Southland residents are being told to be vigilant after algae called "lake snow" showed up in a cooling water unit at Manapouri Power Station.
The slimy algae is not toxic but can cause costly blockages in residential water pipes and appliances connected to the system.
It is already present in several Otago lakes, including Wanaka, Wakatipu and Hawea.
Southland Regional Council said testing of Lake Te Anau had so far come back negative but the algae was likely to be there.
The council is urging people to clean all equipment used on the water to stop lake snow spreading.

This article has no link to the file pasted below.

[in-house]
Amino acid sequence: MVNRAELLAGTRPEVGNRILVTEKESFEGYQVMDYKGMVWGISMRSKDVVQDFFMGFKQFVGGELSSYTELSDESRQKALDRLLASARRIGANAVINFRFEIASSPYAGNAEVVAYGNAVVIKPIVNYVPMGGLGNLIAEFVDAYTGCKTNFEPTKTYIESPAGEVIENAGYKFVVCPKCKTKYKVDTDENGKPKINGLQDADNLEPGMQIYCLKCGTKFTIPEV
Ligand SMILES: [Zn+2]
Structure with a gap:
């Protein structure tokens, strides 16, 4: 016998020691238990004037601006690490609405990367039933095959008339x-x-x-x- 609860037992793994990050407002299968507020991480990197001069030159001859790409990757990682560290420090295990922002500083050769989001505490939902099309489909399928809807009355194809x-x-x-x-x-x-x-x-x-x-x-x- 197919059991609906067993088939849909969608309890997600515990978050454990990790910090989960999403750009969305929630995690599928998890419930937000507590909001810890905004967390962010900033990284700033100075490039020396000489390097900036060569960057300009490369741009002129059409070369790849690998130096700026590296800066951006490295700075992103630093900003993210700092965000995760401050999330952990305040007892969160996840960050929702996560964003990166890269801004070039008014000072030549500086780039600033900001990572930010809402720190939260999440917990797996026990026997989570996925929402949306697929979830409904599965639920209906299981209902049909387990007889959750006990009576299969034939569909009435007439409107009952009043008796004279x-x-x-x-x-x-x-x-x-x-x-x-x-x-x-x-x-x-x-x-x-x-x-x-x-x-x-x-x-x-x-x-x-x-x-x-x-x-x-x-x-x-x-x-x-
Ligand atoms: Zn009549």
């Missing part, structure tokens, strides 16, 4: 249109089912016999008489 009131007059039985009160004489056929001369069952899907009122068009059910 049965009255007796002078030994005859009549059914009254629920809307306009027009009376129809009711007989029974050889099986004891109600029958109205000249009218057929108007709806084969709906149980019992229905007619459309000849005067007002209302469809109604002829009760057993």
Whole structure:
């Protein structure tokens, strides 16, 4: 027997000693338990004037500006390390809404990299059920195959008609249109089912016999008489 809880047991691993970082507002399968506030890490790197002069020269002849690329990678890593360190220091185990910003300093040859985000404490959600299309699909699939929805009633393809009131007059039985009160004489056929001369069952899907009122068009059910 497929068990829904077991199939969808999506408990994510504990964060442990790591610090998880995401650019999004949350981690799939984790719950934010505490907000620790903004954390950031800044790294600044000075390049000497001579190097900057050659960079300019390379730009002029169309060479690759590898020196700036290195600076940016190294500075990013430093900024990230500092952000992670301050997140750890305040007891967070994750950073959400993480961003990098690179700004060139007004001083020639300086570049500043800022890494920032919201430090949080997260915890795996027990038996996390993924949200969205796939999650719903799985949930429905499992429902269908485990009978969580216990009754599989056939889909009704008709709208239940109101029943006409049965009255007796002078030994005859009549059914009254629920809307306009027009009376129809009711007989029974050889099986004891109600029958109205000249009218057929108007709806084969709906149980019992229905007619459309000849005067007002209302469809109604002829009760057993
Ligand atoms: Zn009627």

The origins of the lake snow are unknown, however research suggests it is a recent introduction to New Zealand, with no evidence to suggest that it was present before 2001.
What is lake snow?
Lake snow is a sticky, biological material made up of diatoms - these are single cells of algae that form colonies.
The lake snow algae secretes large amounts of polysaccharide, a glue-like substance, which cause the algae cells and other microscopic organisms to clump together on the water surface.
When present in high quantities, frothy white flocs appear on the surface, giving rise to its snow-like appearance.